Sunday, August 1, 2010

Post # 33 - Surf's (Not) Up -- Smart Meter Problems in Hawaii

Another speed bump has appeared on the road to “a smart meter in every home” – this time, in Hawaii. Once again, a state public service commission has decided to go slow on the question of imposing smart meter installation costs on consumers.

In December 2008, Hawaiian Electric Co. (HECO), the state’s primary utility, sought approval from the Hawaii Public Utilities Commission to install smart meters at approximately 451,000 locations -- at a cost of approximately $115 million. HECO proposed to install 293,000 meters on Oahu, 92,000 on the island of Hawaii (or “the Big Island”), and 66,000 on Maui (see discussion at pp. 38-39 of the company’s 2009 annual report).

To date, HECO has installed approximately 9,400 meters as part of a pilot project. Last May, HECO petitioned the PUC to expand the pilot by installing 5,000 additional meters on Oahu at a cost of approximately $1.35 million. HECO stated that additional pilot testing would be necessary to yield a more detailed understanding of how advanced metering would interoperate with a new customer information system (CIS). The utility also told the PUC that the project would offer better insight into cybersecurity concerns.

Last week the PUC denied the request – and, in so doing, cast doubt on the entire project. In particular, the PUC indicated concern about the cost-effectiveness of the extended pilot, particularly in light of criticism the project has drawn. For example, the state’s Division of Consumer Advocacy argued that the new CIS had not proven itself viable - let alone shown that it could be successfully integrated with the AMI system. The Hawaii Solar Energy Association, questioned whether smart meters are even practical.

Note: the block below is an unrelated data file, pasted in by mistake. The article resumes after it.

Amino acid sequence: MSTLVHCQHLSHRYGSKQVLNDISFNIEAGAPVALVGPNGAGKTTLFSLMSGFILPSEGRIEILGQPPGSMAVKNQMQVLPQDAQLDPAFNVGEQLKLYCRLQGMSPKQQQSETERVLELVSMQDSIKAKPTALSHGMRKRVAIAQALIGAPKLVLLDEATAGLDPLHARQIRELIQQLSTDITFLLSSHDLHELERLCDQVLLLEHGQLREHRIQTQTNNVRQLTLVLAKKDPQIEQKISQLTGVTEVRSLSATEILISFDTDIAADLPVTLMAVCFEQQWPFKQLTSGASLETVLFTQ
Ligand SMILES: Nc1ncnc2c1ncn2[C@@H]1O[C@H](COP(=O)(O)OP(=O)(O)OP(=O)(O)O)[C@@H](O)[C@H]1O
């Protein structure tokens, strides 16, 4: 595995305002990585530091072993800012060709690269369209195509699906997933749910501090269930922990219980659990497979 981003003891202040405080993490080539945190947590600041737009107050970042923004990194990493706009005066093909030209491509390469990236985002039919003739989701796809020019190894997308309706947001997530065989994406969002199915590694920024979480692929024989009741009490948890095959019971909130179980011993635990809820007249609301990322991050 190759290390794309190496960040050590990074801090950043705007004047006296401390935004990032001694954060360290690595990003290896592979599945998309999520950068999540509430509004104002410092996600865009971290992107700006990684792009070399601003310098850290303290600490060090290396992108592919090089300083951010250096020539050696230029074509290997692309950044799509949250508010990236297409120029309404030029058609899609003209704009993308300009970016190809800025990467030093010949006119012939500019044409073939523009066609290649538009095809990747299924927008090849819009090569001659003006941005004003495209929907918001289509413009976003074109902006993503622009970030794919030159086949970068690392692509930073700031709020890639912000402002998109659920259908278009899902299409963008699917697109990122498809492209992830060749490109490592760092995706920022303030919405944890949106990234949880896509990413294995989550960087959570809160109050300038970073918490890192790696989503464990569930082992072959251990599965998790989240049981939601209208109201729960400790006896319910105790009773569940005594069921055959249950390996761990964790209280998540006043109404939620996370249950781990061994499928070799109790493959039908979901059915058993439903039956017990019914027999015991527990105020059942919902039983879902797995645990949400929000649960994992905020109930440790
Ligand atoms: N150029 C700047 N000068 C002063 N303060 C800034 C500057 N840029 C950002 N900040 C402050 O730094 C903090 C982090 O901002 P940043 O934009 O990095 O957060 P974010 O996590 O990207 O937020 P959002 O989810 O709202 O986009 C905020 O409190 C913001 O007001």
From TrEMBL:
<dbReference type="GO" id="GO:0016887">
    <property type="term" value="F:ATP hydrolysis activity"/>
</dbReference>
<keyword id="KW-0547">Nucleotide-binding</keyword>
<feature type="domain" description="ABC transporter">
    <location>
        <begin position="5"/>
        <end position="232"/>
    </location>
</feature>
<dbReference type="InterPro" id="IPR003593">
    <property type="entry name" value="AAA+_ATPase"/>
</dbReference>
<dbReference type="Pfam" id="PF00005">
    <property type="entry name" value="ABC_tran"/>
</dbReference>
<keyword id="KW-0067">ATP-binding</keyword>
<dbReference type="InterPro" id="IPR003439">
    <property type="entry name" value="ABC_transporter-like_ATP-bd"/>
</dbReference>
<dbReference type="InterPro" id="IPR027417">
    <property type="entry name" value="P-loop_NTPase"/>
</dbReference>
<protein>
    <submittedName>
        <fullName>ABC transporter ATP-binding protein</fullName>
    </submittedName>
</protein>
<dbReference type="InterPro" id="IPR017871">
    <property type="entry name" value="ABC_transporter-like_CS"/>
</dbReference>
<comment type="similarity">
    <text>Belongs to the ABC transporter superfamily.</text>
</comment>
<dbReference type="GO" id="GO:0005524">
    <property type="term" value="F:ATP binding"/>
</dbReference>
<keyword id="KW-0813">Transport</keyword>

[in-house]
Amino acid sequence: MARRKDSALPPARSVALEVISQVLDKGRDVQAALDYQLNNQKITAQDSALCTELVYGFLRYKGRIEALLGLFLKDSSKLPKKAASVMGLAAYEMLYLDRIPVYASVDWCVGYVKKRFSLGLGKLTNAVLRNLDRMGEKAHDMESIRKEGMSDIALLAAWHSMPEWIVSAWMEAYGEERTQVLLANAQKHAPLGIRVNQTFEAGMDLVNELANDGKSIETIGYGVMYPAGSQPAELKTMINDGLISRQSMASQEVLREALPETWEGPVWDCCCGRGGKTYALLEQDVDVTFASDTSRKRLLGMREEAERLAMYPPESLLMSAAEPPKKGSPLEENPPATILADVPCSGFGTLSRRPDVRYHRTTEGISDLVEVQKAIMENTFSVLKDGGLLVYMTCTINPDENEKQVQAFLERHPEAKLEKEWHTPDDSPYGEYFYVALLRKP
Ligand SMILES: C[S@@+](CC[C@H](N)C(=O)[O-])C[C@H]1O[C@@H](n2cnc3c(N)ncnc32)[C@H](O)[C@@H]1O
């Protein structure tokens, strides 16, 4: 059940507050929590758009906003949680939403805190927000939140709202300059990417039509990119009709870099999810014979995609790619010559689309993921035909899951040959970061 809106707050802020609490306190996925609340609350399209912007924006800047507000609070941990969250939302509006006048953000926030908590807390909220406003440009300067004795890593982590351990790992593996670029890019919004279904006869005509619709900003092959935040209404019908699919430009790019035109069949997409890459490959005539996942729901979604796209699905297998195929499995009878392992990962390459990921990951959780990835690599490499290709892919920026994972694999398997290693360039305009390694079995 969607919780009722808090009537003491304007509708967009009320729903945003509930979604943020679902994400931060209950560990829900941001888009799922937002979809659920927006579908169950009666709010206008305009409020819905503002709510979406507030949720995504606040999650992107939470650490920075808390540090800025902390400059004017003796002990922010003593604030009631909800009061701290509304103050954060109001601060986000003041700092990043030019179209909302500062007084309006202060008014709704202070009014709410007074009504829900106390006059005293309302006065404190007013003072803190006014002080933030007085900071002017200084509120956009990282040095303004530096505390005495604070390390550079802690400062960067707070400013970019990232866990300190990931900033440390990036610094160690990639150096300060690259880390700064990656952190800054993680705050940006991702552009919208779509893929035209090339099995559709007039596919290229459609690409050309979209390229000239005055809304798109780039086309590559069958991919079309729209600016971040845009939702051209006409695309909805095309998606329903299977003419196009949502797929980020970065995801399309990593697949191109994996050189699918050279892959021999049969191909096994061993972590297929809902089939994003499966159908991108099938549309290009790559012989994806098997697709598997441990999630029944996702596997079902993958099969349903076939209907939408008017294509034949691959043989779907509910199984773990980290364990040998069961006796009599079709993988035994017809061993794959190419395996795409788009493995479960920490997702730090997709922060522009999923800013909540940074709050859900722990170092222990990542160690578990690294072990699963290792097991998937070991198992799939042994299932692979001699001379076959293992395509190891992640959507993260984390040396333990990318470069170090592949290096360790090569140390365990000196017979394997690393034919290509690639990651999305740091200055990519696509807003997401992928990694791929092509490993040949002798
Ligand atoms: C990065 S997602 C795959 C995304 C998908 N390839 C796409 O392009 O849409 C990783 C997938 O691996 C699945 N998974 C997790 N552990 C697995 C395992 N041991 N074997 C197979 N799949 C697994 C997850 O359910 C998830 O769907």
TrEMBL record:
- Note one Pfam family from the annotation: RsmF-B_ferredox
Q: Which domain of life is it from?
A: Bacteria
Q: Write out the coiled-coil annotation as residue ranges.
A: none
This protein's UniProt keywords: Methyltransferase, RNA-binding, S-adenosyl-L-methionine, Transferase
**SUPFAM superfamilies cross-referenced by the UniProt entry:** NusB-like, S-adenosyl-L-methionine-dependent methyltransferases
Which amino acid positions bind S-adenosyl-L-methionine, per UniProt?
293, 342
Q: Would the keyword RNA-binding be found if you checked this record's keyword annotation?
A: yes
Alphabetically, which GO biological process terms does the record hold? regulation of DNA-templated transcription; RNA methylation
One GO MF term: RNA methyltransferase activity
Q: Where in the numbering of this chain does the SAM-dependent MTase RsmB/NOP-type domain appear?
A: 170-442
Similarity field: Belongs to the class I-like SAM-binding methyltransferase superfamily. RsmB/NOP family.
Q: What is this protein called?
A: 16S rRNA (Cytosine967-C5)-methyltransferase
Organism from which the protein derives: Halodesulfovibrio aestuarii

But in addition to nixing expansion of the pilot program, the Hawaii PUC also ruled that HECO now cannot proceed with the plans outlined in its original 2008 application The PUC said HECO should create a comprehensive plan for upgrading the electric grid before it makes another attempt to use ratepayer money to put advanced electric meters in homes and businesses.

As with the Maryland Public Service Commission's treatment of Baltimore Gas and Electric’s smart meter project (see Post Nos. 25 and 29), the Hawaii PUC has not necessarily killed the project. Rather, it told HECO to go back to the drawing board.

Nonetheless, the Hawaii PUC’s action is one more example of increasing state regulator sensitivity that the costs of smart meter installation may outweigh the benefits to the consumers being asked to shoulder the costs.

For more on the Hawaii PUC’s action, see here, here, and here.

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